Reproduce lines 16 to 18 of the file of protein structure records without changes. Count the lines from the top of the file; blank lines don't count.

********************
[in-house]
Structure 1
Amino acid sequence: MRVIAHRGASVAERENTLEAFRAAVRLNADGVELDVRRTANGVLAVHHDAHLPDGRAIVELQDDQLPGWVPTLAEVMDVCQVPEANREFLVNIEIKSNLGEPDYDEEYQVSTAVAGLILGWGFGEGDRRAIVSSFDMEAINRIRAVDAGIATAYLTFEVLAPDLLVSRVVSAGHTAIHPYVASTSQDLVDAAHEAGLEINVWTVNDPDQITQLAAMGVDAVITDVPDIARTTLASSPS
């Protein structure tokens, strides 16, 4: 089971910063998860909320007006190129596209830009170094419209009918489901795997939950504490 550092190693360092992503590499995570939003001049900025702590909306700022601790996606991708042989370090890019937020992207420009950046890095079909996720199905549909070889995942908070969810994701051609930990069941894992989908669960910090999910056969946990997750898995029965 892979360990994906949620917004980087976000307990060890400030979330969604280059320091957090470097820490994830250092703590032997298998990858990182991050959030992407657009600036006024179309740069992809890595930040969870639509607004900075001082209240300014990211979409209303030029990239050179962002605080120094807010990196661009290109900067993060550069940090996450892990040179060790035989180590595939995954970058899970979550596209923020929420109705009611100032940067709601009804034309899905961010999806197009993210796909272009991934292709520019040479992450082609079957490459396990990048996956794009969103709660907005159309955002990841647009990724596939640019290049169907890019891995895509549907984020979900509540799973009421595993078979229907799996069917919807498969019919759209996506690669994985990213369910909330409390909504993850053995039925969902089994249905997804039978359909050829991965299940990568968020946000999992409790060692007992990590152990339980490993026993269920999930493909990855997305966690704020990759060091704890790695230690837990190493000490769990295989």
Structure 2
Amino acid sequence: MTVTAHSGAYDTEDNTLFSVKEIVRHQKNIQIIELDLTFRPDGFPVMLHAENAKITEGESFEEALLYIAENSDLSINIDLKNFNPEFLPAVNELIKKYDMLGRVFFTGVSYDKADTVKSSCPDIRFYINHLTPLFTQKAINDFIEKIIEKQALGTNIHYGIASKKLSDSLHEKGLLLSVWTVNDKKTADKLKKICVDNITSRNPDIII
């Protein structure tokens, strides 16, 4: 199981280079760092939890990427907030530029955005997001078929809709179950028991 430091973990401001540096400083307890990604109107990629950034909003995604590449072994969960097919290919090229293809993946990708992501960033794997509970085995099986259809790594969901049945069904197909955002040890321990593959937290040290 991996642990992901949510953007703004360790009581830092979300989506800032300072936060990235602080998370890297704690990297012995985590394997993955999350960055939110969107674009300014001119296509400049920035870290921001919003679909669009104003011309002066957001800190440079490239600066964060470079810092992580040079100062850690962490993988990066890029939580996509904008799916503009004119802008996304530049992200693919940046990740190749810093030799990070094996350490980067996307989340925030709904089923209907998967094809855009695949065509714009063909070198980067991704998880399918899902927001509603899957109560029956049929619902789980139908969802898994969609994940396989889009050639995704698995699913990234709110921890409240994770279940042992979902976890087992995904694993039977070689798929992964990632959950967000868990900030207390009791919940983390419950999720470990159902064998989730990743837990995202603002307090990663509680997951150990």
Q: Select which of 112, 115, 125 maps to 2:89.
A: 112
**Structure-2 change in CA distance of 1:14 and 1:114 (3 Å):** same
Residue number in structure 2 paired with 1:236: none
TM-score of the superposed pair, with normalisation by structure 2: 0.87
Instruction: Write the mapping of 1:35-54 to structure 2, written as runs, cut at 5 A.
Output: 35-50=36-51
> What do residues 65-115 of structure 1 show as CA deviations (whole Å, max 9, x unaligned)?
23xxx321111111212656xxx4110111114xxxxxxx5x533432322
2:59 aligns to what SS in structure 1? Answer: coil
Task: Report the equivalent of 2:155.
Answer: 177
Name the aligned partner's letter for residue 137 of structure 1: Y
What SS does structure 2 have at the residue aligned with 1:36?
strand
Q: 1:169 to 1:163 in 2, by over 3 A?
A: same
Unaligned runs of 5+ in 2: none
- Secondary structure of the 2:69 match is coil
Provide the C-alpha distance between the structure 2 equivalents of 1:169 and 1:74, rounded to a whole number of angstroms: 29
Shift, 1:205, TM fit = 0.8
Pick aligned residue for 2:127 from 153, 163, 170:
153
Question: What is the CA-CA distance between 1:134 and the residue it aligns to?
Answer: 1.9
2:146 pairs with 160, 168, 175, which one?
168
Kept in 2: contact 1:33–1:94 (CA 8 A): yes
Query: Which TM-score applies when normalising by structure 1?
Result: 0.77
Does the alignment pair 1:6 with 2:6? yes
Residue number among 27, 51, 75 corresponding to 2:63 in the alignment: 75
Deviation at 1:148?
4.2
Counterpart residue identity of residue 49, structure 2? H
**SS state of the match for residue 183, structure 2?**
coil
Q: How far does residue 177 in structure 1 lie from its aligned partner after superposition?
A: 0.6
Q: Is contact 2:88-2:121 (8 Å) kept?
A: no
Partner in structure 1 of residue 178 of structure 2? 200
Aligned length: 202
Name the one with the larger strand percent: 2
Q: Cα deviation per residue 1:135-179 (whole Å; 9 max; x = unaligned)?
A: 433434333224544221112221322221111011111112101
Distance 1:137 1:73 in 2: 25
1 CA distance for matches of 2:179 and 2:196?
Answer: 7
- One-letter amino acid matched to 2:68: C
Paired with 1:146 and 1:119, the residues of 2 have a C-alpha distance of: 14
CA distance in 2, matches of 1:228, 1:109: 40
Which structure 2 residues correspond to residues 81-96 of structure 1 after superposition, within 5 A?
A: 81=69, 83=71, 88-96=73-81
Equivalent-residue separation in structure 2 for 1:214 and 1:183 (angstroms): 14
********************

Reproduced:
23xxx321111111212656xxx4110111114xxxxxxx5x533432322
2:59 aligns to what SS in structure 1? Answer: coil
Task: Report the equivalent of 2:155.